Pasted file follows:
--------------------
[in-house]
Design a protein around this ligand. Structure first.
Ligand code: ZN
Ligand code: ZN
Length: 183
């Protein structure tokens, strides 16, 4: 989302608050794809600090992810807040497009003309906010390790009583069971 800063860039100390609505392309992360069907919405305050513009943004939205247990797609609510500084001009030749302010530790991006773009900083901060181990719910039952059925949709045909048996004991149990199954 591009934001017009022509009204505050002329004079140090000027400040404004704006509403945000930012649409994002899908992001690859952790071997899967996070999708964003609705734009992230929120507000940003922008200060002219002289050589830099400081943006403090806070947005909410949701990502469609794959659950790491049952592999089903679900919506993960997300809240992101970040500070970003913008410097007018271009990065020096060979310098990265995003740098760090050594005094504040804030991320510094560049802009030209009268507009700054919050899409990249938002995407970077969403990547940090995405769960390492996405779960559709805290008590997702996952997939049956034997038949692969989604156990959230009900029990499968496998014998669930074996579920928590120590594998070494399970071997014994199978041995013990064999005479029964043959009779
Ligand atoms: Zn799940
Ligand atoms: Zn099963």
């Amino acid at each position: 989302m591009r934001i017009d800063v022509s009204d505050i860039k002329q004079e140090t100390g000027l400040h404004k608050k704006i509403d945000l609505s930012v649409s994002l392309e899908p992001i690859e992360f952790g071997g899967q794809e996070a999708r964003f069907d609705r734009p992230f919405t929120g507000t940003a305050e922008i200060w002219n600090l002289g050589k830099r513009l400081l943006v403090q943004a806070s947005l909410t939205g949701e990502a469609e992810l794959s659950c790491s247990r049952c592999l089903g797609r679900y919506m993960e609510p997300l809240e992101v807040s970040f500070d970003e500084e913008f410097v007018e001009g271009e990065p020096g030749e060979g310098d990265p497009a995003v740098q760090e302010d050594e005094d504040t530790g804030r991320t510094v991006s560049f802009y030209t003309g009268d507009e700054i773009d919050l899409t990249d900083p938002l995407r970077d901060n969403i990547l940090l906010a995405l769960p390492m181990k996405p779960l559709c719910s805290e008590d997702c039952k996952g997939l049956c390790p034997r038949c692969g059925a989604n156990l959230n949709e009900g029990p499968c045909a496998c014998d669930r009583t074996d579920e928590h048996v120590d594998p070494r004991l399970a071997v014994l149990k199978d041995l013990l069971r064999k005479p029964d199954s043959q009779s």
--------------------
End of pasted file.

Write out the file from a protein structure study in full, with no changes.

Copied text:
[in-house]
Design a protein around this ligand. Structure first.
Ligand code: ZN
Ligand code: ZN
Length: 183
């Protein structure tokens, strides 16, 4: 989302608050794809600090992810807040497009003309906010390790009583069971 800063860039100390609505392309992360069907919405305050513009943004939205247990797609609510500084001009030749302010530790991006773009900083901060181990719910039952059925949709045909048996004991149990199954 591009934001017009022509009204505050002329004079140090000027400040404004704006509403945000930012649409994002899908992001690859952790071997899967996070999708964003609705734009992230929120507000940003922008200060002219002289050589830099400081943006403090806070947005909410949701990502469609794959659950790491049952592999089903679900919506993960997300809240992101970040500070970003913008410097007018271009990065020096060979310098990265995003740098760090050594005094504040804030991320510094560049802009030209009268507009700054919050899409990249938002995407970077969403990547940090995405769960390492996405779960559709805290008590997702996952997939049956034997038949692969989604156990959230009900029990499968496998014998669930074996579920928590120590594998070494399970071997014994199978041995013990064999005479029964043959009779
Ligand atoms: Zn799940
Ligand atoms: Zn099963």
């Amino acid at each position: 989302m591009r934001i017009d800063v022509s009204d505050i860039k002329q004079e140090t100390g000027l400040h404004k608050k704006i509403d945000l609505s930012v649409s994002l392309e899908p992001i690859e992360f952790g071997g899967q794809e996070a999708r964003f069907d609705r734009p992230f919405t929120g507000t940003a305050e922008i200060w002219n600090l002289g050589k830099r513009l400081l943006v403090q943004a806070s947005l909410t939205g949701e990502a469609e992810l794959s659950c790491s247990r049952c592999l089903g797609r679900y919506m993960e609510p997300l809240e992101v807040s970040f500070d970003e500084e913008f410097v007018e001009g271009e990065p020096g030749e060979g310098d990265p497009a995003v740098q760090e302010d050594e005094d504040t530790g804030r991320t510094v991006s560049f802009y030209t003309g009268d507009e700054i773009d919050l899409t990249d900083p938002l995407r970077d901060n969403i990547l940090l906010a995405l769960p390492m181990k996405p779960l559709c719910s805290e008590d997702c039952k996952g997939l049956c390790p034997r038949c692969g059925a989604n156990l959230n949709e009900g029990p499968c045909a496998c014998d669930r009583t074996d579920e928590h048996v120590d594998p070494r004991l399970a071997v014994l149990k199978d041995l013990l069971r064999k005479p029964d199954s043959q009779s």